May 15, 2015

New Book Spotlight: Fires of Invention by J. Scott Savage

I'm happy to participate today in a cover reveal for a new book coming out in September, "Fires of Invention" by J. Scott Savage. 

fires of invention by J. Scott Savage

This is a fun start to a new middle grade series. A bit about the book from the publisher: 

"STEAMPUNK! Plus Dragons!
Trenton Colman is a creative thirteen-year-old boy with a knack for all things mechanical. But his talents are viewed with suspicion in Cove, a steam-powered city built inside a mountain. In Cove, creativity is a crime and "invention" is a curse word. Kallista Babbage is a repair technician and daughter of the notorious Leo Babbage, whose father died in an explosion-an event the leaders of Cove point to as an example of the danger of creativity.

Working together, Trenton and Kallista learn that Leo Babbage was developing a secret project before he perished. Following clues he left behind, they begin to assemble a strange machine that is unlikely anything they've ever seen before. They soon discover that what they are building may threaten every truth their city is founded on-and quite possibly their very lives."

The book reminded me a lot of City of Ember in the beginning, but the book soon began to take it's own twists and turns. And although I'm usually pretty good at predicting the way a story will go, I was pretty surprised at some of the secrets revealed. Here's a note from the author about what inspired him to write this story: 

J. Scott Savage, Fires of Invention

"Like many of my books, the inspiration for my new series Fires of Invention came from the collision of two ideas. The first time the story occurred to me was while I was watching the musical Wicked with my wife. The moment I walked into the theater and saw the huge mechanical dragon above the stage, I thought, Wow! I have to write a story about that! A few weeks later, I was talking with my nephew, who is probably the most creative kid I know, but whose inventiveness often gets him into trouble, and I thought, What if a kid who had the talents of my nephew lived in a world where creativity was against the law? What if the kids were building . . . a steam-powered dragon? Bam! I had my story.

Powered by great feedback from my agent, Michael Bourret, my good friend and author James Dashner, my publisher, Chris Schoebinger, and the song “Warriors” by Imagine Dragons, I wrote the entire first draft of the first volume in the series, Mysteries of Cove in four weeks. This book is unlike anything I have ever written. There are elements of City of Ember, Dragon Riders, and Hugo in it all mashed up together in a world I fell in love with from the moment I started writing.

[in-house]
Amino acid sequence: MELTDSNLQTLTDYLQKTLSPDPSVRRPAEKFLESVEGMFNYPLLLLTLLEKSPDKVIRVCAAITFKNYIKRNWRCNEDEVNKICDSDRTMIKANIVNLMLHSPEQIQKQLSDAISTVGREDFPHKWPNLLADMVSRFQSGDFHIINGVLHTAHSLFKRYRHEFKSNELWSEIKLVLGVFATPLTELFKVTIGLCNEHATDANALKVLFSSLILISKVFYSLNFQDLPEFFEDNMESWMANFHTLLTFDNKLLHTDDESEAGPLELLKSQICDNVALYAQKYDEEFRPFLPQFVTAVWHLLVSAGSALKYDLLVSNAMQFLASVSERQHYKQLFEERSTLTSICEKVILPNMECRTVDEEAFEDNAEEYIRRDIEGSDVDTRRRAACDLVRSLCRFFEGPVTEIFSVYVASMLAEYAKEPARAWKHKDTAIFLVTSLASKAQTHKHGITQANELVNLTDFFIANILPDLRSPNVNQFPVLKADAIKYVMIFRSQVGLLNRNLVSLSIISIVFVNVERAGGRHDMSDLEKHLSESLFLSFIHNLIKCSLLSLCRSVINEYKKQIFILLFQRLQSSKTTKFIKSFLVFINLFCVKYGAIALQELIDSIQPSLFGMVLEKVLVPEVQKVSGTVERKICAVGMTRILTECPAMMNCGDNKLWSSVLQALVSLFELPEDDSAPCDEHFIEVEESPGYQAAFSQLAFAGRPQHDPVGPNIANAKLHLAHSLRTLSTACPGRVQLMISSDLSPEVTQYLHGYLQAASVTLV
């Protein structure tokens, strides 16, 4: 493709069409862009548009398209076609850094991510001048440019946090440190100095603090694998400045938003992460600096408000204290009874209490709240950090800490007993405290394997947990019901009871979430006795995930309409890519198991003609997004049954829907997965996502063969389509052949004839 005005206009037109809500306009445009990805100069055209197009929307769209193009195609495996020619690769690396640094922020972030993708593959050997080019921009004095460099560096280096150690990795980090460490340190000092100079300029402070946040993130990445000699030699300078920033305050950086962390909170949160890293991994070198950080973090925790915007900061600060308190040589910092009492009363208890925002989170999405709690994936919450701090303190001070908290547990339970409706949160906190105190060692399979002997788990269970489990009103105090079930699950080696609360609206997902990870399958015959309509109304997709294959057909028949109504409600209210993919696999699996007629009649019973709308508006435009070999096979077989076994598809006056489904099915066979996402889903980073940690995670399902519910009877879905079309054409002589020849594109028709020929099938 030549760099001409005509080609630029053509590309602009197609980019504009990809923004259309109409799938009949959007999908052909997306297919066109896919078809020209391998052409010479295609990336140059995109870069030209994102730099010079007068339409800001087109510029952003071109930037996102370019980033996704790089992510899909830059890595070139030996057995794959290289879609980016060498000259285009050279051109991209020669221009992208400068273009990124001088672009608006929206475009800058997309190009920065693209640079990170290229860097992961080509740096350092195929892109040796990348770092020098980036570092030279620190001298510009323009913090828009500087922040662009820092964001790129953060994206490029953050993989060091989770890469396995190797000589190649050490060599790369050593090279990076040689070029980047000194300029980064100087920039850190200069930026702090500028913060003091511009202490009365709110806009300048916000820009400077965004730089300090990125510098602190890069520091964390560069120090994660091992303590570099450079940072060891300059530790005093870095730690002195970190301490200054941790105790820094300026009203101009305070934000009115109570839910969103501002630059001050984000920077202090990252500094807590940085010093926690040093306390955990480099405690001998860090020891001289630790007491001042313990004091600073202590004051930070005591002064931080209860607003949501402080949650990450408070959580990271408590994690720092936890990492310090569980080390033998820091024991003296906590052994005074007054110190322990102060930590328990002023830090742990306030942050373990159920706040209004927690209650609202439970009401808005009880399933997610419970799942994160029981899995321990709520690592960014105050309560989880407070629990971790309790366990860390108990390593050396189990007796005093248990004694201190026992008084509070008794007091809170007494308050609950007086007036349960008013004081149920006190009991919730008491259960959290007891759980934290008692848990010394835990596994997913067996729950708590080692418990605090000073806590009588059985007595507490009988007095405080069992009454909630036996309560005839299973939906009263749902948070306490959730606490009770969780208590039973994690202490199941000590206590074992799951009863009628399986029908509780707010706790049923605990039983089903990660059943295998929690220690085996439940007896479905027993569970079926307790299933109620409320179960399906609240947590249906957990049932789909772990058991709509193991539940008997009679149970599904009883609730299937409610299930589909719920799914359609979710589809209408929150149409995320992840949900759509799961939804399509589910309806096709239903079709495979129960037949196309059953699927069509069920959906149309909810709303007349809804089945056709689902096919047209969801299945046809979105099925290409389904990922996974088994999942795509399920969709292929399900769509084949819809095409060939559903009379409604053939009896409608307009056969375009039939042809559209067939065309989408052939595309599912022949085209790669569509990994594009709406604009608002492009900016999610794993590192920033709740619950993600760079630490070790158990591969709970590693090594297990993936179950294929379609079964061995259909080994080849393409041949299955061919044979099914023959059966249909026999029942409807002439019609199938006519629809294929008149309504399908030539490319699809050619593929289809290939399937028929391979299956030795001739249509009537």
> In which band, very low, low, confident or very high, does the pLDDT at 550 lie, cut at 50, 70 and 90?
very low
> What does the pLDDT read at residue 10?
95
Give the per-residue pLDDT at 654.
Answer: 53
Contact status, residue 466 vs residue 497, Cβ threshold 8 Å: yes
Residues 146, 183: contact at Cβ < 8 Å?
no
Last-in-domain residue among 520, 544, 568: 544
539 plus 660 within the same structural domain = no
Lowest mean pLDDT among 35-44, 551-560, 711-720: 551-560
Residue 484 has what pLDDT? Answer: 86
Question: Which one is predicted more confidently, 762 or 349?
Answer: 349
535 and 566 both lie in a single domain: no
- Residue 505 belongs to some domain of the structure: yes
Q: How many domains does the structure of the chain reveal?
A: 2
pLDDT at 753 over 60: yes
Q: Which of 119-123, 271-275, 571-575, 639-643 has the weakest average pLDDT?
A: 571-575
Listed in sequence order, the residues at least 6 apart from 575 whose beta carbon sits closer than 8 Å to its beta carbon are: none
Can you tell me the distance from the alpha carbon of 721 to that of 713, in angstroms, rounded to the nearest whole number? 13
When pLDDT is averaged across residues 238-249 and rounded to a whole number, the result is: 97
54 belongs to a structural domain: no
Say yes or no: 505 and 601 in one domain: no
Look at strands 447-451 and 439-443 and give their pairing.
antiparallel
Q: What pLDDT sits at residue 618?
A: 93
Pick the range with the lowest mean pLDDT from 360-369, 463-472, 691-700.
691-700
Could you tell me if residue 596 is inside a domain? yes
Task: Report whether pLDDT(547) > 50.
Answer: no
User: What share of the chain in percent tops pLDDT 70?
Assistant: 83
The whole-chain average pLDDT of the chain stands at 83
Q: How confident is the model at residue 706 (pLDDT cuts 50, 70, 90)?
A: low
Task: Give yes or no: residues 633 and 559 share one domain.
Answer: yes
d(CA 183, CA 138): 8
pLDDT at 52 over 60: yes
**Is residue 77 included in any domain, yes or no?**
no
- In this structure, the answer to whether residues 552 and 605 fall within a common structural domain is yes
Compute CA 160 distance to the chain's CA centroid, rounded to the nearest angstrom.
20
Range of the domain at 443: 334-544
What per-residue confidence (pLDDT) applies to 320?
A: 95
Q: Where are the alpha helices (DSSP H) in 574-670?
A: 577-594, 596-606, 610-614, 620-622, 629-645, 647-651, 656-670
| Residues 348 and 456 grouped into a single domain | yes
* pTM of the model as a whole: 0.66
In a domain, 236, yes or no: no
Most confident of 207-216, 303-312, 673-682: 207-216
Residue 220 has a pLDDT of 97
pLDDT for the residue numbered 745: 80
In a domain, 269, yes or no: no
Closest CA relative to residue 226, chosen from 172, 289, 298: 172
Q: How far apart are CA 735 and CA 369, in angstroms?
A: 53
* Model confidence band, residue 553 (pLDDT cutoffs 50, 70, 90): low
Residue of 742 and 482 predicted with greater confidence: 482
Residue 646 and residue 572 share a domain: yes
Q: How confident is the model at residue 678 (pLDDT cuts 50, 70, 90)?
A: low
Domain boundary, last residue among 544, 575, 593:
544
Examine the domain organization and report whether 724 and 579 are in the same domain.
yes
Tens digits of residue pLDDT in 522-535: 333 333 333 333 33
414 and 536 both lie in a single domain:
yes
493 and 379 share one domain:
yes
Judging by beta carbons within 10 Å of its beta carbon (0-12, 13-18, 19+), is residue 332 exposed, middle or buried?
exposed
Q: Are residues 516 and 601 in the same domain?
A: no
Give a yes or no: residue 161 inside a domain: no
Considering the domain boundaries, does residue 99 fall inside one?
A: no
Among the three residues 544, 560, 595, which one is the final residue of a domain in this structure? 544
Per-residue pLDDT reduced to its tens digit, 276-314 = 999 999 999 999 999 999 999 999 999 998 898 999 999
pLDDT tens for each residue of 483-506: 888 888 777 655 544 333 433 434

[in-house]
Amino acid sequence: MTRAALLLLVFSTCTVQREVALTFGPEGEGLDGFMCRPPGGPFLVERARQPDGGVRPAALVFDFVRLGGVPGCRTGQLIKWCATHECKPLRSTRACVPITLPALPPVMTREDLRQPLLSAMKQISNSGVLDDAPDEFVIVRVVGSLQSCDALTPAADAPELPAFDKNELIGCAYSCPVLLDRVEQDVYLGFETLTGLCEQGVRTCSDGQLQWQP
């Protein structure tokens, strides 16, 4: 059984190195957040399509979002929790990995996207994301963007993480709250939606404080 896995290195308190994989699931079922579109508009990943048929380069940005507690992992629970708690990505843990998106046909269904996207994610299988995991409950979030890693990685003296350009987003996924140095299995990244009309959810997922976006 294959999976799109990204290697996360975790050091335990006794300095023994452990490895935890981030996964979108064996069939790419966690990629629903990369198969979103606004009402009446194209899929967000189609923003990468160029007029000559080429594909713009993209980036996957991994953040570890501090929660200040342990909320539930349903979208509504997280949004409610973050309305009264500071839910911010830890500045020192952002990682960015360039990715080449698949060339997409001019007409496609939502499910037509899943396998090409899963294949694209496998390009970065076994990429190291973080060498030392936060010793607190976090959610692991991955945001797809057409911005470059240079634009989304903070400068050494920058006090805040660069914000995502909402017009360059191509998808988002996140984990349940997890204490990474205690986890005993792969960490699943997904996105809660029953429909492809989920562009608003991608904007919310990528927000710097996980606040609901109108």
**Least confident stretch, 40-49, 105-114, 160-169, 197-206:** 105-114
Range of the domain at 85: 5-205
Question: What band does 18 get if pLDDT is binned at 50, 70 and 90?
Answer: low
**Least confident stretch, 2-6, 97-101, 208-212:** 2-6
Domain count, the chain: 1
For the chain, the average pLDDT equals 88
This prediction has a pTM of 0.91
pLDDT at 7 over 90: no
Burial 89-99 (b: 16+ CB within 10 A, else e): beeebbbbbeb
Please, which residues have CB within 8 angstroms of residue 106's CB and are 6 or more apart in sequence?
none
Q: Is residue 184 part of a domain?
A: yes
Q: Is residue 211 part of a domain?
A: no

I think what’s most exciting to me about this book is that it’s about giving yourself the freedom to imagine. To take chances. Too often we limit ourselves by only trying things we’re confident we can succeed at when what we need to do is give ourselves permission to fail. Often it is when we attempt things with no idea of how we can possibly pull them off that we achieve our greatest successes."

Sounds pretty good, eh? Unfortunately the book doesn't come out until the end of September, but you can always preorder. Your kids will love this exciting start to a new series! 

*I was provided with a free copy of the book to review. All opinions are my own. 

April 24, 2015

Why I Bribe My Kids

I bribe my children. I give them money and prizes to do things I'd like them to do and it's worked out really well for us. Before you call me a terrible mom, here are the reasons I do.

Bribing as a parenting tool

Kids respond to rewards and punishments. Yes, I'd like them to eventually move past this so that they do things for intrinsic reasons, but for now my children are at the stage of life where there actions are very much a product of the punishments and rewards offered them, especially when it comes to doing hard things.

When I bribe my kids to do something, they know it's really important to me. Every summer I bribe my kids to read. We do a summer reading chart every year where they earn prizes, and their grandma also gives them a chart to fill out and she pays them $20 when it's full. My kids know reading is very important to us.

But in the process of doing all that reading during the summer to win those prizes, my kids gain a love of reading. The more they read, the easier it gets, and the more enjoyable it becomes. So even though their reading began as a way to get those prizes (a very behavioristic approach), they now see the value of it and read a lot of books on their own, without prizes.

Here are some of the things I have bribed my kids to do (and usually I just like to call them incentives):

1. read
2. practice instruments
3. learn how to play hymns on the piano
4. memorize scriptures
5. perform in front of people (when they weren't comfortable doing so)
6. treat siblings kindly and serve each other
7. have good table manners

These things are important to me and I feel like giving them an extra incentive to do these things, other than "because mom and dad said so", gives them the push they need.

Here is a list of do's and don'ts when bribing your kids:

1. Don't bribe for good behavior, expect good behavior

As a young mom taking my 5, 3 and 1 year old to the grocery store by myself, I would often bribe my kids with a cookie afterward or a ride on the mechanical horse if they would stay close to me and not scream and throw fits, and honestly I don't feel too bad about that because I was trying to stay sane and that's what it took. But now there is nothing that drives me crazier than hearing my kids ask "If we're good at the grocery store can we have a treat?" or "If we're good at the clothing store can we go to the toy store?" And I tell them "No. You will be good because that is how I expect you to behave in public places." I have learned to have higher expectations, and if they misbehave they know there will be consequences.

2. Bribes should be short term offers

Bribes give kids an extra push to help them do something they are reluctant to do or forget to do, but once the goal has been achieved or the habit started the outward incentive should stop. Then the kids will hopefully continue to keep the behavior for intrinsic reasons. When the kids were little we had a list of table manners and the kids earned stickers at each meal for good behavior. When the charts were filled up and the rewards claimed, we no longer continued that incentive but expected the kids to have good table manners just because. And actually they have terrible table manners. But we're still working on it.

3. Bribes should not happen all the time

There's nothing more annoying then a child who thinks they should always get a reward when he does something. My kids have been guilty of this. And it annoys me. That's when I know I need to cut back on the incentives.

4. It's okay for bribes to be child specific